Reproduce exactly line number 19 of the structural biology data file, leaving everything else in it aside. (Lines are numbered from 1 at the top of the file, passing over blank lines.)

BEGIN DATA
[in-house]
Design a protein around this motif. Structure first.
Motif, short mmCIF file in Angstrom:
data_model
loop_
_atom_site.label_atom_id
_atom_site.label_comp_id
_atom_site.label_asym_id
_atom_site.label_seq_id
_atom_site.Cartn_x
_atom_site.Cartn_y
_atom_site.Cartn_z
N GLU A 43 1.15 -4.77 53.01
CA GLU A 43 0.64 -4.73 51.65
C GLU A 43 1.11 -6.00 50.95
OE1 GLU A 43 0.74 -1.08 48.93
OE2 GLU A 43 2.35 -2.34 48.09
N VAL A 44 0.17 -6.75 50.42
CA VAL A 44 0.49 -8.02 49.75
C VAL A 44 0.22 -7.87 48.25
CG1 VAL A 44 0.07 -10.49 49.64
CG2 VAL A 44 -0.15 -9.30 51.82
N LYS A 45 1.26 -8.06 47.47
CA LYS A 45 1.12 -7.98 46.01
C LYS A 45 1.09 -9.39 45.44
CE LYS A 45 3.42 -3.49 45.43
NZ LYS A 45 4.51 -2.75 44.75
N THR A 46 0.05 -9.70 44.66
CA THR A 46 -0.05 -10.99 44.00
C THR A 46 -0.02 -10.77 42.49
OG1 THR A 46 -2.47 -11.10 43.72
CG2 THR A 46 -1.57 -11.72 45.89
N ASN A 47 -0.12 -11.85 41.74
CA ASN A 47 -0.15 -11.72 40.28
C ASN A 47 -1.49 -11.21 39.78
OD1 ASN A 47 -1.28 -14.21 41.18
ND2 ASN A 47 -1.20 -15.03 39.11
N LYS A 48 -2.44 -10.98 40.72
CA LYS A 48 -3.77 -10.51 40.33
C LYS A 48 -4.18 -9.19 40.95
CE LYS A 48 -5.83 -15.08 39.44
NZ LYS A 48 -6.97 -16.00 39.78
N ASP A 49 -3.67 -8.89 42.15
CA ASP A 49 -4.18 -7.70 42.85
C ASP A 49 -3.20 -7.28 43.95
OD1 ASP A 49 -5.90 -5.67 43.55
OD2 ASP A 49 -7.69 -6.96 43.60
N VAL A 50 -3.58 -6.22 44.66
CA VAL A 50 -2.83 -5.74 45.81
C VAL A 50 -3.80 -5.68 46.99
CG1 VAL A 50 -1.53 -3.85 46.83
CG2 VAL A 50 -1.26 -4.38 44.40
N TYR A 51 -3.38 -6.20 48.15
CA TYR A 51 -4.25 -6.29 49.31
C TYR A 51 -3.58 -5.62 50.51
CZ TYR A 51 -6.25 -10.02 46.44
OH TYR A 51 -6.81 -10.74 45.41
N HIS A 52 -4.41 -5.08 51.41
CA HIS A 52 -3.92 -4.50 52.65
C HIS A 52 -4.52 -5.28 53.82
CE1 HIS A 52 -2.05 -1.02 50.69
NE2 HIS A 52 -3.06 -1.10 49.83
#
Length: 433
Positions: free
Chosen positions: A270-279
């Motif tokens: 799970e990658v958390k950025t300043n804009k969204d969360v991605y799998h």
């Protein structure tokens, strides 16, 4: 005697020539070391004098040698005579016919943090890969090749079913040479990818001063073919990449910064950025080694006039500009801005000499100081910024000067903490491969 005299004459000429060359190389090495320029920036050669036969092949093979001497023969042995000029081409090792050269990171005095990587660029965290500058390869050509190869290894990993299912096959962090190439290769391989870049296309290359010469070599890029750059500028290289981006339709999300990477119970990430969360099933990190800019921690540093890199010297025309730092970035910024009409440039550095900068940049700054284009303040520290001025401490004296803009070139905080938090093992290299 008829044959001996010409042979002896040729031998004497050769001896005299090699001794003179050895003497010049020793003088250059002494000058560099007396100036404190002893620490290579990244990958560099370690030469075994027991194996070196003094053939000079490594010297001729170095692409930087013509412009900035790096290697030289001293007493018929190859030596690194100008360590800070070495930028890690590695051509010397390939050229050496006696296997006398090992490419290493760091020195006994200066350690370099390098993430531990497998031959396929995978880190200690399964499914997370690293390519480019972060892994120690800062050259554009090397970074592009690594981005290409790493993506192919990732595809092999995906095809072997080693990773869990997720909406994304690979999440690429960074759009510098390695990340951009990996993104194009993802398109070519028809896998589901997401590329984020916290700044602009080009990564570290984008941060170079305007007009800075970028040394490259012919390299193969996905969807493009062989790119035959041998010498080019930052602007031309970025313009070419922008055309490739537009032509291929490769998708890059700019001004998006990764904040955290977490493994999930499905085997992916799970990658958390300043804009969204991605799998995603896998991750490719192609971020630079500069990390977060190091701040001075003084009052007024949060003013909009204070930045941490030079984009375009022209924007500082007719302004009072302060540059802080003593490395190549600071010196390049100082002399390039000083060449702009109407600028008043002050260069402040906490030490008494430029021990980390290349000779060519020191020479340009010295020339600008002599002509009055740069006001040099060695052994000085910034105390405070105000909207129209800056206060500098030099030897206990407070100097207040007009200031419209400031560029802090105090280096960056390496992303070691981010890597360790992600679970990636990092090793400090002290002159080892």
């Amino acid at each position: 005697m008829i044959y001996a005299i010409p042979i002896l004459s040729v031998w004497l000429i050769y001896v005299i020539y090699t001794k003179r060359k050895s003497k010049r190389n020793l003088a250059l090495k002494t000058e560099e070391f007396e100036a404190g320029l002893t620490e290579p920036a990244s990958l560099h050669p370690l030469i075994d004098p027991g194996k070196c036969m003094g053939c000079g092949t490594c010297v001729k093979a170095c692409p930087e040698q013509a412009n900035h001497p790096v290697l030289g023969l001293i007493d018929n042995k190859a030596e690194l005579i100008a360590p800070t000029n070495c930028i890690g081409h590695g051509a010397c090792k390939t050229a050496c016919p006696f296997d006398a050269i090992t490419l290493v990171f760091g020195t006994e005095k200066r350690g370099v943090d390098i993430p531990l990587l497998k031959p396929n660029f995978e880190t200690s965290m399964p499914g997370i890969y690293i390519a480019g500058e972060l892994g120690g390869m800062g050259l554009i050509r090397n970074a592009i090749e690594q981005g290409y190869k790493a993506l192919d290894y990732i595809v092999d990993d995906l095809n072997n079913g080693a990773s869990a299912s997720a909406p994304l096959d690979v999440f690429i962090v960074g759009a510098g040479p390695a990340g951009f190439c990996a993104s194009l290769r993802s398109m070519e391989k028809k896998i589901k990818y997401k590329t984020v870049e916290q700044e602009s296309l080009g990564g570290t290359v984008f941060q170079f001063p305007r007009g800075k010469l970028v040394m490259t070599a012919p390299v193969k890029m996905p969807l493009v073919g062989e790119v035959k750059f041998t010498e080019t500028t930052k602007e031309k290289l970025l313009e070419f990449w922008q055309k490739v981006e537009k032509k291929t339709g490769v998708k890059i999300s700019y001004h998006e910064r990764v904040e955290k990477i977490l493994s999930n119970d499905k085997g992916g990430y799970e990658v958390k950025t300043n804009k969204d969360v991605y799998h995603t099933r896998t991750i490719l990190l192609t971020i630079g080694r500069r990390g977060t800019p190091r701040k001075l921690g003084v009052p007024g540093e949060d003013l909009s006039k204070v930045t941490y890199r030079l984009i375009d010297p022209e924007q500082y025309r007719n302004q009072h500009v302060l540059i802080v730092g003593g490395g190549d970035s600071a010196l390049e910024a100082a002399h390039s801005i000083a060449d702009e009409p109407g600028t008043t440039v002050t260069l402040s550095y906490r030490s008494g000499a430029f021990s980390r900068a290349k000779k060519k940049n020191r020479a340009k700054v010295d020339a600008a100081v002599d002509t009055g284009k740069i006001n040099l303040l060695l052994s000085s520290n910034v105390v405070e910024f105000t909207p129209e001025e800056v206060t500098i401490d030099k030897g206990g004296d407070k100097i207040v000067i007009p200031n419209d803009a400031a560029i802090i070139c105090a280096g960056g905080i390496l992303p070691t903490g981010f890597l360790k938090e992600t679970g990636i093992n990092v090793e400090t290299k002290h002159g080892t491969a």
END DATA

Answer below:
CA VAL A 44 0.49 -8.02 49.75